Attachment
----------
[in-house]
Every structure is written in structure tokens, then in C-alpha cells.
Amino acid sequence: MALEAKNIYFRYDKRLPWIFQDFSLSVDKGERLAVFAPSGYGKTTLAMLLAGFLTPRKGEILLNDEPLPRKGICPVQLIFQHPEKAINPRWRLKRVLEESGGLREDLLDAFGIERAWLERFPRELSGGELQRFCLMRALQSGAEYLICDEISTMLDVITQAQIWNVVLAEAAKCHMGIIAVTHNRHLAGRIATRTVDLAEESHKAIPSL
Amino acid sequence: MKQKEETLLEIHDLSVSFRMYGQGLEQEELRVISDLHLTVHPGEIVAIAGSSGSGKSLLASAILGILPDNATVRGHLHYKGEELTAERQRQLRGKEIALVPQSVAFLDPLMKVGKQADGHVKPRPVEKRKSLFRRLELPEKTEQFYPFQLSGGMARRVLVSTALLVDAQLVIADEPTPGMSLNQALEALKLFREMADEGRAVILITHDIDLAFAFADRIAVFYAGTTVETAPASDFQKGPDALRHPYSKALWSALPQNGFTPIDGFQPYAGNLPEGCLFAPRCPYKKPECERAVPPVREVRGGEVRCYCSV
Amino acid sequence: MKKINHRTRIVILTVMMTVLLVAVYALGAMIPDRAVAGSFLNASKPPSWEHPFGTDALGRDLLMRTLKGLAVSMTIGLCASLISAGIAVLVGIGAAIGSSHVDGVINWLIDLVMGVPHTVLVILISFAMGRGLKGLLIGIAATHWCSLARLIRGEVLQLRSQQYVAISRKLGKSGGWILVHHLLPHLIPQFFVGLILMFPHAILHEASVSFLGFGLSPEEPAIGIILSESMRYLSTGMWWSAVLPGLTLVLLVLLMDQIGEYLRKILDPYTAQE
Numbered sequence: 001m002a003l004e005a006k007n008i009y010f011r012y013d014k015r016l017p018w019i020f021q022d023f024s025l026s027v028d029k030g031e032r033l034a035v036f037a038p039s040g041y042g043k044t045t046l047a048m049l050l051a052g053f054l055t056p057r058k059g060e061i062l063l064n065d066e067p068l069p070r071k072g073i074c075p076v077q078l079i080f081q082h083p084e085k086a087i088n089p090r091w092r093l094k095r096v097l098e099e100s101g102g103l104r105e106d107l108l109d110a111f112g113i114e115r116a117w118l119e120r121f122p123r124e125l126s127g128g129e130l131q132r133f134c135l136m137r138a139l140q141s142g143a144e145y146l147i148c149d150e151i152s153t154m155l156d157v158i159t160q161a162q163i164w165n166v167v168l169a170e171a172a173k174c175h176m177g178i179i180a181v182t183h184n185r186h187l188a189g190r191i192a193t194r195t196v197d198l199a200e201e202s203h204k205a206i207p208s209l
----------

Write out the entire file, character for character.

[in-house]
Every structure is written in structure tokens, then in C-alpha cells.
Amino acid sequence: MALEAKNIYFRYDKRLPWIFQDFSLSVDKGERLAVFAPSGYGKTTLAMLLAGFLTPRKGEILLNDEPLPRKGICPVQLIFQHPEKAINPRWRLKRVLEESGGLREDLLDAFGIERAWLERFPRELSGGELQRFCLMRALQSGAEYLICDEISTMLDVITQAQIWNVVLAEAAKCHMGIIAVTHNRHLAGRIATRTVDLAEESHKAIPSL
Amino acid sequence: MKQKEETLLEIHDLSVSFRMYGQGLEQEELRVISDLHLTVHPGEIVAIAGSSGSGKSLLASAILGILPDNATVRGHLHYKGEELTAERQRQLRGKEIALVPQSVAFLDPLMKVGKQADGHVKPRPVEKRKSLFRRLELPEKTEQFYPFQLSGGMARRVLVSTALLVDAQLVIADEPTPGMSLNQALEALKLFREMADEGRAVILITHDIDLAFAFADRIAVFYAGTTVETAPASDFQKGPDALRHPYSKALWSALPQNGFTPIDGFQPYAGNLPEGCLFAPRCPYKKPECERAVPPVREVRGGEVRCYCSV
Amino acid sequence: MKKINHRTRIVILTVMMTVLLVAVYALGAMIPDRAVAGSFLNASKPPSWEHPFGTDALGRDLLMRTLKGLAVSMTIGLCASLISAGIAVLVGIGAAIGSSHVDGVINWLIDLVMGVPHTVLVILISFAMGRGLKGLLIGIAATHWCSLARLIRGEVLQLRSQQYVAISRKLGKSGGWILVHHLLPHLIPQFFVGLILMFPHAILHEASVSFLGFGLSPEEPAIGIILSESMRYLSTGMWWSAVLPGLTLVLLVLLMDQIGEYLRKILDPYTAQE
Numbered sequence: 001m002a003l004e005a006k007n008i009y010f011r012y013d014k015r016l017p018w019i020f021q022d023f024s025l026s027v028d029k030g031e032r033l034a035v036f037a038p039s040g041y042g043k044t045t046l047a048m049l050l051a052g053f054l055t056p057r058k059g060e061i062l063l064n065d066e067p068l069p070r071k072g073i074c075p076v077q078l079i080f081q082h083p084e085k086a087i088n089p090r091w092r093l094k095r096v097l098e099e100s101g102g103l104r105e106d107l108l109d110a111f112g113i114e115r116a117w118l119e120r121f122p123r124e125l126s127g128g129e130l131q132r133f134c135l136m137r138a139l140q141s142g143a144e145y146l147i148c149d150e151i152s153t154m155l156d157v158i159t160q161a162q163i164w165n166v167v168l169a170e171a172a173k174c175h176m177g178i179i180a181v182t183h184n185r186h187l188a189g190r191i192a193t194r195t196v197d198l199a200e201e202s203h204k205a206i207p208s209l